But isn't it great that "our" kindred spirits are here to "help" us? They'll tell us who to believe and trust!!!


Go to the gatekeepers of truth, MSM...


That was downright cringeworthy, eh?

One of the best things my daddy taught me was to never get all my information in one place.... and to never confuse facts and opinions.



posted on Nov, 6 2018 @ 07:54 AM
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a reply to: harold223


...all "Views" are in effect wrong because they come from a "Point" and will change depending on ones "Point of view". He also speaks of "Perception". 


I would posit that more often than not there is truth in all perspectives, but not necessarily the whole truth.

There is an old parable about the three blind men who came upon an elephant in the road. Each explored and examined the elephant with their hands -- one the head, one the belly, and one the rear. Each one later described what they found, each describing something different. All were correct, but none had the whole truth.

The problem is when folks believe that they alone have the whole truth and the only truth based upon their perspective alone... And, of course, when folks mistake opinions for truth.



posted on Nov, 6 2018 @ 07:58 AM
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a reply to: harold223

Oddly, I've noticed with quite a few studies that scientists do the exact same thing when creating their methodology.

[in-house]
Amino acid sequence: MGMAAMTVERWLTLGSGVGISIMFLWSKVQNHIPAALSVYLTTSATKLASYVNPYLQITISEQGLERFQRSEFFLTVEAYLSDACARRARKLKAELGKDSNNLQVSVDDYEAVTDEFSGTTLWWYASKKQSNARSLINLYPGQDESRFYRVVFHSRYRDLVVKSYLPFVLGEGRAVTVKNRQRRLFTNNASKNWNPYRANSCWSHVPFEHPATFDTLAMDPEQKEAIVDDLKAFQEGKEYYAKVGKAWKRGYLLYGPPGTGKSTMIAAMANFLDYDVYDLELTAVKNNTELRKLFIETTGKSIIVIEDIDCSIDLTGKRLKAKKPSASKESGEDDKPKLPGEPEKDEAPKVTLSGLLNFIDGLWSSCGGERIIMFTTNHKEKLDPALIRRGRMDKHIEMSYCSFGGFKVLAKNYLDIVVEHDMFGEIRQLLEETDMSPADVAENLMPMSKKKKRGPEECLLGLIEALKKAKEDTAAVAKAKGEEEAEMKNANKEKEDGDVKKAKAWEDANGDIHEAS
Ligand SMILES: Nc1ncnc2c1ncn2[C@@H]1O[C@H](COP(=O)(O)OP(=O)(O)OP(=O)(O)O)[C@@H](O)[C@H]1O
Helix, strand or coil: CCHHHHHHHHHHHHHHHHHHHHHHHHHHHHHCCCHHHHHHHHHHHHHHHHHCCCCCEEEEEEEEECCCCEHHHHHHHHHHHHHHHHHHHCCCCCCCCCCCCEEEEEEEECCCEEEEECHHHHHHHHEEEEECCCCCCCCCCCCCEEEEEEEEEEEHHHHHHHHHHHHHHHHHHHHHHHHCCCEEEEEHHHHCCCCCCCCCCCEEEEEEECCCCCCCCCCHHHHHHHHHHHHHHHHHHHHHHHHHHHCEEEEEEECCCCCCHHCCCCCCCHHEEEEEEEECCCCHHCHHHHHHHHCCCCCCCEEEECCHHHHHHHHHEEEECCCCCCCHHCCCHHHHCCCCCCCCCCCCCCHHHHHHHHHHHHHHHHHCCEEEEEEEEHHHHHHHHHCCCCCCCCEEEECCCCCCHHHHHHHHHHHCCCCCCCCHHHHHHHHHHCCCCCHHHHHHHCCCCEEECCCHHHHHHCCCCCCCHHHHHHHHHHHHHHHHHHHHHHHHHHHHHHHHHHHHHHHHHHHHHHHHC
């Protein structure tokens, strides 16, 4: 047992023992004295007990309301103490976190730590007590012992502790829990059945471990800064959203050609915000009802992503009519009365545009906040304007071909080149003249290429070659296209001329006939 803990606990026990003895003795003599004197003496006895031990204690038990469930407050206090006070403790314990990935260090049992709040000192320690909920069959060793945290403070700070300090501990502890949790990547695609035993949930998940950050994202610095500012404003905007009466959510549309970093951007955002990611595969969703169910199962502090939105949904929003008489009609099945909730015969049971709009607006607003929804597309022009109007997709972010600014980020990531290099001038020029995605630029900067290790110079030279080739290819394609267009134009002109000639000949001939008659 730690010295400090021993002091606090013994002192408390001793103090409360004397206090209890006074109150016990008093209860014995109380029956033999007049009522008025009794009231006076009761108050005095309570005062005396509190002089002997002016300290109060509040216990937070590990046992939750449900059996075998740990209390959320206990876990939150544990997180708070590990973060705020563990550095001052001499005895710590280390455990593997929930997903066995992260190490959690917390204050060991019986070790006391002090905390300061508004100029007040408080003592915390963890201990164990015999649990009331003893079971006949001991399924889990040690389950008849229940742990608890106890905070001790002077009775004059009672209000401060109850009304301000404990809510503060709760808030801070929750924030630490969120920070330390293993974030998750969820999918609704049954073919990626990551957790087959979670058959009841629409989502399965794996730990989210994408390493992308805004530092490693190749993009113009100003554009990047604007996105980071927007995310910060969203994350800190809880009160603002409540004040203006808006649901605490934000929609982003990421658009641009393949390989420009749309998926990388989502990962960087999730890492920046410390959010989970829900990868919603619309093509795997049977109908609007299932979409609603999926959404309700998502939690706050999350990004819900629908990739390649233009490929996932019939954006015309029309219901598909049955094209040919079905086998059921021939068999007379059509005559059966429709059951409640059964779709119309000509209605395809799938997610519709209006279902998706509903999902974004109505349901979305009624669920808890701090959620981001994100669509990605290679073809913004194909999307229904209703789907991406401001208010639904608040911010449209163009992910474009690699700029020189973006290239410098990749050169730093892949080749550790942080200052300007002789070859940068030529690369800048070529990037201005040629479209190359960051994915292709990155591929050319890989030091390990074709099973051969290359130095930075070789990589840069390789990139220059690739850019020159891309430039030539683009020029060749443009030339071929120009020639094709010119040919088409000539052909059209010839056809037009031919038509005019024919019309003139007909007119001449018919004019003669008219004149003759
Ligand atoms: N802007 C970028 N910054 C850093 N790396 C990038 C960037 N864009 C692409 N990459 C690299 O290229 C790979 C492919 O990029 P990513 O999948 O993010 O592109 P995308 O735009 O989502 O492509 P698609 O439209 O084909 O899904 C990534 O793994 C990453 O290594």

It's the other way around: we often start with a belief and arrange the evidence to fit. "Rather than behaving like scientists, we behave like lawyers. We have an outcome that we're trying to prosecute," Professor Hornsey says.


I believe we all have unconscious and conscious biases that we seem to cling to for security and comfort. It seems very difficult for us to face our fears and step out of our comfort zone.



6. Perform Research To Get A Handle On Fears The mental trick I use is to do the research on what it is you want to do. If you want to skydive, research the topic and the best skydive schools around. Also, get out and watch and talk to others who are doing what you aspire to accomplish. Research breeds knowledge, and knowledge breeds confidence. - Linda Zander, Super Sized Success


www.forbes.com...

I will add that when you do research, research three studies that are repeatable and research peer reviews where the methodology is being questioned, this way you can form your own truth.